“Knowledge CQ” refers to our understanding cross-cultural issues; it measures our ongoing growth in understanding in cross-cultural issues. It refers to our level of understanding about culture and culture’s role in shaping behavior and social interactions.
“Interpretive CQ” measures our ability to be mindful and aware as we interact with people from different cultural contexts. It helps us intuitively to understand what occurs in an actual cross-cultural encounter; it is the ability to accurately make meaning from what we observe. Interpretative CQ calls for a reflective, contemplative mindset, which mitigates against the zealous, activist approach permeating much of American evangelicalism, where thinking and reflection are often disparaged at the expense of getting things done.
“Perseverance CQ,” or motivational CQ, indicates our level of interest, drive, and motivation to adapt cross culturally; in other words, Perseverance CQ is our intentionality. And finally,
“Behavioral CQ” refers to the ability to observe, recognize, regulate, adapt, and act appropriately in intercultural settings; how we behave in such settings.
It might be easier to adapt our message, our curriculum, and our programs, but adapting ourselves is the far greater challenge. CQ provides us with a mechanism by which we gauge our commitment and level of cultural interaction and contextualization. What does it look like to contextualize ourselves to the various cultures where we find ourselves in a given time and place? What do we do when we encounter the Other and how do we react to her or him? That is the challenge we face, the challenge you will face as you venture out to minister in the name of Jesus in the multiethnic, multicultural society he has called you to.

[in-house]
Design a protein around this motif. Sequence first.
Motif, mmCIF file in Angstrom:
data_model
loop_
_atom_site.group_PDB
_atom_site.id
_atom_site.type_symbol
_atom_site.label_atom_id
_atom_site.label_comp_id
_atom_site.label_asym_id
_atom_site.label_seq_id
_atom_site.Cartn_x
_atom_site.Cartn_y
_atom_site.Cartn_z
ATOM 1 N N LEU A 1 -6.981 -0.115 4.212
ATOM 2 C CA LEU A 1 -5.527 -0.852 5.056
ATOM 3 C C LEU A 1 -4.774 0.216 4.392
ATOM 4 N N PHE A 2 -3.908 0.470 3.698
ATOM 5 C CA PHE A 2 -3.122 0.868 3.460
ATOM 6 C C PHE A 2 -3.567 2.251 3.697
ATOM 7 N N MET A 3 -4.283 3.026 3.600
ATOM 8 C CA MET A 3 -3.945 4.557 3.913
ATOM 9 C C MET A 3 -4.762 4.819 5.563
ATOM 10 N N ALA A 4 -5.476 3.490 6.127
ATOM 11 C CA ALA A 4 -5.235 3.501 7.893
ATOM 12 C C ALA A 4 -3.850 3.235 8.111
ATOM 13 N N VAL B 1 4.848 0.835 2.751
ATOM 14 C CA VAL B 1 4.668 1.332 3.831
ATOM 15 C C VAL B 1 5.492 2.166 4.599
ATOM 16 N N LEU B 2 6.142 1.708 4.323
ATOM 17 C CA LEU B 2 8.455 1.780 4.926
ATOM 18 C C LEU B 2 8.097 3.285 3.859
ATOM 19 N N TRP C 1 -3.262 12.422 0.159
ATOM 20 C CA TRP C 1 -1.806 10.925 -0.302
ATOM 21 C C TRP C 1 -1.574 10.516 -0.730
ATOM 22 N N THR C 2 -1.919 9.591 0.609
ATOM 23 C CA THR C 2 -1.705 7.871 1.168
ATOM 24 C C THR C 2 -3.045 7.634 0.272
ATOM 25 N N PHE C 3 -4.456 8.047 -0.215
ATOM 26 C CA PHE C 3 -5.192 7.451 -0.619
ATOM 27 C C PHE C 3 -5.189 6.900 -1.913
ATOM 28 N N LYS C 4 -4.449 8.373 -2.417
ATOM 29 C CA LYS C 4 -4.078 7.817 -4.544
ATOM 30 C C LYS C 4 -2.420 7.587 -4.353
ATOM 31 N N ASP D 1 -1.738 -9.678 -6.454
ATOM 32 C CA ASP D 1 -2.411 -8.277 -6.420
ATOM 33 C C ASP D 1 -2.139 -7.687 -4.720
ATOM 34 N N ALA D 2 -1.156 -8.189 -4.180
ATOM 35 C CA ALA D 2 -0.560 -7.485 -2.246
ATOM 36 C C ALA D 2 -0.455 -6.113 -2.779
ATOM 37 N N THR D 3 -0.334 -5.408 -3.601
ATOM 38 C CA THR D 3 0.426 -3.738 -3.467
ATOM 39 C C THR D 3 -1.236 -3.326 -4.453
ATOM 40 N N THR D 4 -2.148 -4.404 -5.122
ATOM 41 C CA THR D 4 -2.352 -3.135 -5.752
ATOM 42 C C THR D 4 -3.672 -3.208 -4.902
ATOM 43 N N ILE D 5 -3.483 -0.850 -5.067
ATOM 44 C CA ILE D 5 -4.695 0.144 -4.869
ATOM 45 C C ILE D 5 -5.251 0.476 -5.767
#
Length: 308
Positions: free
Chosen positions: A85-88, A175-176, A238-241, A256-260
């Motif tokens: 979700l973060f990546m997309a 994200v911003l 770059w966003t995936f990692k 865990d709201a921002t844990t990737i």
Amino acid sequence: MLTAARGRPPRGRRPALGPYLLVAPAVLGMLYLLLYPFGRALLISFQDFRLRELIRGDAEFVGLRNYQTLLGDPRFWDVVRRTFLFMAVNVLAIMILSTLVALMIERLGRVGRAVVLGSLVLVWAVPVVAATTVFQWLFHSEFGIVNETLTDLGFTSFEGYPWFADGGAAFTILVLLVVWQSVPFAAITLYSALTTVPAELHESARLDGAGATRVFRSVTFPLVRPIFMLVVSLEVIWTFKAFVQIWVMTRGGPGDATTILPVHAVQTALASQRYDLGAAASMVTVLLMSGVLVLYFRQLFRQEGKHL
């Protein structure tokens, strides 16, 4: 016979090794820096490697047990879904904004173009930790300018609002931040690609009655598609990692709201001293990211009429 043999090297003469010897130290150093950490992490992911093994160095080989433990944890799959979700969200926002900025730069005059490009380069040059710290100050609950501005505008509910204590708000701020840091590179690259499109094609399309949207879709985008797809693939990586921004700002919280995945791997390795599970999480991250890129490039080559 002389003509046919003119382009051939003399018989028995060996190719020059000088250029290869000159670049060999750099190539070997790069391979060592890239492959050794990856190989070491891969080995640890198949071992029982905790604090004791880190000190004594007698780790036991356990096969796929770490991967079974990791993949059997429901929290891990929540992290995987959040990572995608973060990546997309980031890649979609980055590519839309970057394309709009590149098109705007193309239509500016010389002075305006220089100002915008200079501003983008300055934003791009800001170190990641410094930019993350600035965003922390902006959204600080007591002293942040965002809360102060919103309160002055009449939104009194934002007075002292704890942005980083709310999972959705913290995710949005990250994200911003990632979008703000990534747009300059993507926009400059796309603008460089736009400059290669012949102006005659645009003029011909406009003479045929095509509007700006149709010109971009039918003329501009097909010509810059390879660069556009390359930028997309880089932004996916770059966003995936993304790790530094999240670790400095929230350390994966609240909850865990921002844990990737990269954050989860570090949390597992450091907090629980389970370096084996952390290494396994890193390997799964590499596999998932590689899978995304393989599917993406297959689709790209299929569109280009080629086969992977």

Ministry in Context
At GCTS, CUME has grappled with these realities for decades, determining to provide contextualized theological education in its holistic dimensions—evangelism and social justice, theology and praxis. In doing so, CUME has structured itself to be in the city, of the city, and for the city.
Contextualization may connote different images to many people, but the clearest theological image of contextualization may be found in the Incarnation. In the life of Jesus Christ, coming to dwell on earth in physical, bodily form, we see God dwelling among us—pitching his tent with us. Contextualizing an educational endeavor in the midst of a city means expressing an “urban kenosis”—emptying oneself for the service of others. The theology, curriculum, teaching methods, and academic policies are informed by the context of ministry—by the city and its constituencies.